Bankruptcy is a choice that is made when people are looking for a fresh start. Whether you choose a total discharge through chapter 7 bankruptcy or would rather hang on tight to your assets through a chapter 13 bankruptcy, it can be great to get that relief.
With that in mind, most people who file for bankruptcy are also looking to move on from the situation that got them there. Maybe they want to start a new job, move out of their neighborhood, or downsize their home and other assets. But you might be asking – how long after chapter 13 bankruptcy can I sell my house?
Do you have to wait for weeks, months, or even years before selling your home? Can you get a home equity loan, a mortgage, or move into a new home after you finish up with your bankruptcy? Is it even a realistic possibility in the near future?
Let’s take a look at the confusion surrounding this issue – and get some much-needed clarity for those hoping to truly move on after this chapter in their lives!
A good first question in figuring out how and when to make your move might be whether you can sell your property during your bankruptcy.
The answer is technically no. Once you enter into a bankruptcy agreement of any kind, your property and assets – all of them – become part of the bankruptcy estate. This means that they are a documented part of the bankruptcy agreement and must remain where they are throughout.
This can be very confusing. After all, the whole reason so many people opt for chapter 13 bankruptcy is because they are much more likely to be allowed to keep assets and property. If you get to keep your home, you should be able to do what you want with it, right?
No. Regardless of whether you are working toward keeping a property or not, it is still part of your bankruptcy agreement. That means it is still wrapped up in the bankruptcy process and cannot legally be sold, gifted, or otherwise transferred.
Now, there may be situations in which selling your home during a bankruptcy makes sense. This may include the need to relocate for work, school, familial obligations, or other reasons. Regardless, it is important to address these needs with your bankruptcy attorney. They may be able to help you renegotiate the terms of your bankruptcy agreement to allow you to sell your home for these purposes. Without their guidance and assistance, though, you will definitely be stuck waiting until after your bankruptcy is discharged or your case is closed.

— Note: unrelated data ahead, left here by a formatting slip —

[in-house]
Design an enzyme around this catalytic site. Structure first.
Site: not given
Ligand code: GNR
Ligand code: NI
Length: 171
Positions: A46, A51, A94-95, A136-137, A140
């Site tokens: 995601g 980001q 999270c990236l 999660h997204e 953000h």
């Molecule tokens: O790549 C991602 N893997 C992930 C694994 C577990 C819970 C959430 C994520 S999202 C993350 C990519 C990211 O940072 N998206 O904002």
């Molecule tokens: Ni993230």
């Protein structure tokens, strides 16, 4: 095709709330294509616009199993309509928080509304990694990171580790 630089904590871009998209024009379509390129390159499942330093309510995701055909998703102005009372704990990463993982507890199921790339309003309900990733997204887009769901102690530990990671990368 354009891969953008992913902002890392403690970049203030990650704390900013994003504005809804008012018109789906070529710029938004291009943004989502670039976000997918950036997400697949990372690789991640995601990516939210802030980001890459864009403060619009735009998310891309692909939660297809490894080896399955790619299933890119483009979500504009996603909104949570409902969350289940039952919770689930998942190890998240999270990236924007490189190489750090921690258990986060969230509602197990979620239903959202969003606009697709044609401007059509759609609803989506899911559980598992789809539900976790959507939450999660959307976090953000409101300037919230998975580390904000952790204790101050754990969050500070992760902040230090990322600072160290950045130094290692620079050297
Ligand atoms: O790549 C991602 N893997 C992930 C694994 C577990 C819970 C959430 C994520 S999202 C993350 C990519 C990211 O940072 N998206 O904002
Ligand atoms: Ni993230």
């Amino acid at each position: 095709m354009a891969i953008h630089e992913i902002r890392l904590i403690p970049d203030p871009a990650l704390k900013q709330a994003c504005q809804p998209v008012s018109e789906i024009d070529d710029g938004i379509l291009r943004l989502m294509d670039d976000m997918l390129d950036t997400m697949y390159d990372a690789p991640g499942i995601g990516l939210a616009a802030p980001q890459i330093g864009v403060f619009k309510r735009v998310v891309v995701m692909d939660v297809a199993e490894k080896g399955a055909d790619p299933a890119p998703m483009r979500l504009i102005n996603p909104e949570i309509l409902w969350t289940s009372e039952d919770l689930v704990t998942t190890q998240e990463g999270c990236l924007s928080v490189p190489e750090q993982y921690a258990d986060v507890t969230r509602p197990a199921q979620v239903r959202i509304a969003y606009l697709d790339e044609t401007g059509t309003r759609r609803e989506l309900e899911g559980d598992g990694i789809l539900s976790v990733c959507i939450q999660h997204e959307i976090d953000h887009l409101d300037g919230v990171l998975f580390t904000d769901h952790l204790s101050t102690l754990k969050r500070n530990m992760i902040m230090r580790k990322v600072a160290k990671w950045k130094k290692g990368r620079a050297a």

If you and your attorney decide that your situation makes it appropriate or necessary for you to sell your home, there is a lot to keep in mind to make that sale go smoothly.
First, you may have to get the court’s permission to work with a real estate broker. If so, you will likely be advised to disclose the fact that you are going through a bankruptcy upfront. This is good advice, even if you are not asked to do so by the court.
Likewise, you should advise any interested buyers that you are dealing with a bankruptcy. Bankruptcy can slow the process considerably, so letting anyone who might end up purchasing your home that this kind of delay is possible is courteous.
Just as you will have to get court permission to begin the sales process, you will also have to get court approval for the actual sale itself. You do have the right to make this kind of request during a chapter 13 bankruptcy, as opposed to a chapter 7 bankruptcy in which only your trustee would be allowed to sell your property.
However, keep in mind that the judge in charge of your case does not have to approve your request. If they determine that the sale is in opposition to the best interests of your case and the creditors involved, they may deny it. As with anything else involving bankruptcy, be sure to partner with a knowledgeable attorney to ensure the best possible result.
So, if you are stuck waiting util after your bankruptcy, you might be wondering what the timeline for that will be. “How long after chapter 13 bankruptcy can I sell my house?” you might be asking the attorney advising you.
Thankfully, there is no actual timeframe laid out by the law for when a person who has finished their chapter 13 bankruptcy can sell property. IF you have completely finished repaying your debts and your case has been closed, get out there and sell your house. You don’t have to wait even a day longer!
If, however, you are still working through your chapter 13 bankruptcy, you will have to keep timing in mind. There is a 21-day timeframe dictated in the regulations of chapter 13 regarding property sale. This means that for 21 full days after you file for your bankruptcy, you will not be permitted to sell or otherwise transfer property, regardless of your situation. That means that no matter how urgent your need is – or how convincing your layer is – you simply cannot legally sell your home.
Thankfully, that three-week timeframe is fairly brief. If you have legitimate reasons to sell your home, you can probably do so, even in the middle of your bankruptcy. The key is to work with a bankruptcy attorney who can guide you through the process and keep you from stepping out of line with the law.
Not sure how to get started or where you are on the bankruptcy timeline? Talk to the experienced team at the Van Horn Law Group. Our bankruptcy attorneys can help you navigate the entire bankruptcy process, including property sale if it applies to your scenario. Give us a call today to learn more!
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